NEW YORK, March 7 (Reuters) - Puerto Rico’s oversight board is racing to review Governor Ricardo Rossello’s blueprint for steering the island’s economy out of fiscal crisis, but has key concerns over whether it can be implemented as planned, a source familiar with the process told Reuters on Tuesday.
Rossello last week unveiled a draft turnaround plan - a requirement of the federal Puerto Rico rescue law known as PROMESA - for the U.S. territory struggling with $70 billion in debt.
It outlines plans for $33.8 billion in fiscal reforms, including $12.9 billion in new revenues, and forecasts the Puerto Rican government to have $1.2 billion a year available to service debt - just 30 percent of what comes due next fiscal year.
A turnaround plan must be approved by the oversight board, which is in charge of managing the island’s finances. But the plan likely will not be approved as is, according to the source, who is familiar with ongoing talks between the board and government officials.
Rossello’s plan departs from some of the board’s key financial projections. Board members are not convinced the figures are based on sound data, said the source, who declined to be named because the talks are not public.
“The board just doesn’t see a degree of specificity in the document that can give basis or justification for these numbers,” the person said.
Specifically, the board is concerned about the basis for the island’s claim that it can generate $3.6 billion over ten years from improvements in tax collection. It also is skeptical as to whether Rossello can successfully implement key cost-saving measures like turning the island’s government into a single-employer structure, the person said.
The board wants to approve a turnaround plan for the island by next Wednesday. It met with government officials in Puerto Rico last week and convened a private board meeting on Monday in New York.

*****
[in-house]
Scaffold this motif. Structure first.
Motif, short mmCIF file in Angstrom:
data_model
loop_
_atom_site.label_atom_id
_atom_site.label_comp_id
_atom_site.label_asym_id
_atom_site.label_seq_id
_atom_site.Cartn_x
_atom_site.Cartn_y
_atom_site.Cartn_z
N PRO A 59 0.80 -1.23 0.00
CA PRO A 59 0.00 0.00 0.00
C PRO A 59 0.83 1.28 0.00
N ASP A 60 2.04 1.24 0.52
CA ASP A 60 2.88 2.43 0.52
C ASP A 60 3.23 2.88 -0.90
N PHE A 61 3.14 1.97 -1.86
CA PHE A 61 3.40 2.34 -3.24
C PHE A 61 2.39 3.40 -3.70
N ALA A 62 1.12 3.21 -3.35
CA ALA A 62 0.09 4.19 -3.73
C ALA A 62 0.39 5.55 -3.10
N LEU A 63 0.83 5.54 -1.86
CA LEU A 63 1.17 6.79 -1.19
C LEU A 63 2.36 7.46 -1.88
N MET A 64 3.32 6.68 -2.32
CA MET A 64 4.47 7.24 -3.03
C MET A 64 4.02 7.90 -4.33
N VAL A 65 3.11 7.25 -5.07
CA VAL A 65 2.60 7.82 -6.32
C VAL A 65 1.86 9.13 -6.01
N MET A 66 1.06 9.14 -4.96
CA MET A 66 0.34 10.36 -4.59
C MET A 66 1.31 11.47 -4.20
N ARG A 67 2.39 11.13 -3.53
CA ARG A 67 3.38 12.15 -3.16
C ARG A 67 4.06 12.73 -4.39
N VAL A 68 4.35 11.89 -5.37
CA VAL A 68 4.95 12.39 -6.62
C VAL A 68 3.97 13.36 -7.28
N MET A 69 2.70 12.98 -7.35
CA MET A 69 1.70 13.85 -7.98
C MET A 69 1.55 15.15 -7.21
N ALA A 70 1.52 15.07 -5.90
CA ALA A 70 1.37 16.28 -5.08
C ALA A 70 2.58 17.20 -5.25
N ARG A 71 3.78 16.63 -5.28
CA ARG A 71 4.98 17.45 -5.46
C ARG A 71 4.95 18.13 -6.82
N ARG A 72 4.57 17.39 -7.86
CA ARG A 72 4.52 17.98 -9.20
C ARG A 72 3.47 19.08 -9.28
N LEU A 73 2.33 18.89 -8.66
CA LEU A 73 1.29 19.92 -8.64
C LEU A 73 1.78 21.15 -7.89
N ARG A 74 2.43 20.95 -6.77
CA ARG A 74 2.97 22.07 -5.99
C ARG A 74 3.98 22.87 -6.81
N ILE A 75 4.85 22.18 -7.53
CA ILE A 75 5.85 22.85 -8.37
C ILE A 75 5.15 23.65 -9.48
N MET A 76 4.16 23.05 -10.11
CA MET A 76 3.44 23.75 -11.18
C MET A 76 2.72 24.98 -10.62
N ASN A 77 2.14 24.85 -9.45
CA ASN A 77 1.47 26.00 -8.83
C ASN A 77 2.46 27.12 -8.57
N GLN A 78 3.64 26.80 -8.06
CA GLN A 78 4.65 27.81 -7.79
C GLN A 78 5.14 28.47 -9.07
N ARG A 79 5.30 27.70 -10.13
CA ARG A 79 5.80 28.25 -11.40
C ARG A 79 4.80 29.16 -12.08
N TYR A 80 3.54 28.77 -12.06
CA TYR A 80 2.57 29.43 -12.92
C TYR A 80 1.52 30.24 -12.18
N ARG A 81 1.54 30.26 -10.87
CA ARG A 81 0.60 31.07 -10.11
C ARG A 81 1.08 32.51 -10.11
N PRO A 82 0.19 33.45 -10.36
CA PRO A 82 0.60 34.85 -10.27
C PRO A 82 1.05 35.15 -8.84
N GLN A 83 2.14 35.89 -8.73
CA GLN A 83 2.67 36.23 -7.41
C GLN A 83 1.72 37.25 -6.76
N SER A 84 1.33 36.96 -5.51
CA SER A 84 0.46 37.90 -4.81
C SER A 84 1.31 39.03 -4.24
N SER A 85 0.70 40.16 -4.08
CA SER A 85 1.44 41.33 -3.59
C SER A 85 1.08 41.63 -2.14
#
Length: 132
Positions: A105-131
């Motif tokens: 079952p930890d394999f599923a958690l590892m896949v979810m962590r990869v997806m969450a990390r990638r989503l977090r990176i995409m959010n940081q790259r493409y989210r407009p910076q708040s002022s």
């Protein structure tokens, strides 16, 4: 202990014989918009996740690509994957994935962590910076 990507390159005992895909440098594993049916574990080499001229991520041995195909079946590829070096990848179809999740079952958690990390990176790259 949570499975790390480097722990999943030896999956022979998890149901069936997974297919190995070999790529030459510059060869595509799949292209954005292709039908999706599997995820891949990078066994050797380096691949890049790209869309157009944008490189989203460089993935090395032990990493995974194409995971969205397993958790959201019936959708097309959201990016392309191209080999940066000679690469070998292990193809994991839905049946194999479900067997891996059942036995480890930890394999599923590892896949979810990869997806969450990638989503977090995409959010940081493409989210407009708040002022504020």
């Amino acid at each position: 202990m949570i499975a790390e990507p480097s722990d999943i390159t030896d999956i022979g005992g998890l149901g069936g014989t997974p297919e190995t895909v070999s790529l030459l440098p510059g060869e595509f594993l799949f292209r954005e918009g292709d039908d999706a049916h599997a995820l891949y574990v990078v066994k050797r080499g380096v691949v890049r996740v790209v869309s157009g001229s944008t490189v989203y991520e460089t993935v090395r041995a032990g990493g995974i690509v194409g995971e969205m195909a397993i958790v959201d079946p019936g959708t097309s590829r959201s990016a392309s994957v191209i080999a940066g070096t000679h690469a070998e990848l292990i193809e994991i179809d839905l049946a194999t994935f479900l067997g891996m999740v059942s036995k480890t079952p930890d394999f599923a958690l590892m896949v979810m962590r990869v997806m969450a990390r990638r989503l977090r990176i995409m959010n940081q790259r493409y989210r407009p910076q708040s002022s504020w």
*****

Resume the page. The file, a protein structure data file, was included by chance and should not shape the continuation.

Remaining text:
It also plans to hold a public meeting in New York on Monday.
The island needs to do more to shore up short-term liquidity, the source added, especially in light of the government’s announcement on Tuesday that its funding gap this fiscal year is $500 million above projections.
Elias Sanchez, Rossello’s liaison to the board, defended the plan in an interview with Reuters on Tuesday.
The tax reform measures “are not simply based on improvements in collection, but on use of new technology and on reforms that will broaden the collection base,” Sanchez said.
He added Puerto Rico’s dire straits will ensure the political will to make the single-employer plan a reality.
“We either make these structural changes or we collapse,” Sanchez said. “It’s not a matter of political will.”
The island’s creditors, meanwhile, say the current version of the plan does not do enough to ensure debt payments will be made.
One creditor said the governor “changed his tune” from campaign promises last year to minimize cuts to debt repayments. “He campaigned on paying debt, and this plan shows there’s going to be severe impairment,” the creditor said in an interview on Monday, requesting anonymity because of the sensitive nature of the talks.
Rossello’s $1.2 billion figure is below debt service projections proposed last year by ex-Governor Alejandro Garcia Padilla - a populist and Wall Street critic, whose policies Rossello railed against during last year’s election.
To be sure, government officials have said they believe it likely the U.S. Congress will increase the island’s federal healthcare reimbursements, which could boost its debt service capacity as high as $2.7 billion.
The plan calls for a $64 million annual cut in pension benefits. That’s a lot less than the $200 million the board recommended, but still does not sit well with pension advocates.
“These retirement benefits were promised in exchange for labor and services rendered and constitute deferred compensation owed to these citizens,” said Robert Gordon, a lawyer for a committee of local pensioners.
While creditors are quick to protest, some believe Rossello’s plan has more to like than dislike from a bondholder’s perspective. As Height Securities analyst Ed Groshans said in a note on Tuesday, the oversight board’s own projections had forecast Puerto Rico to have only $800 million a year to pay debt. (Reporting by Nick Brown; editing by Daniel Bases, G Crosse)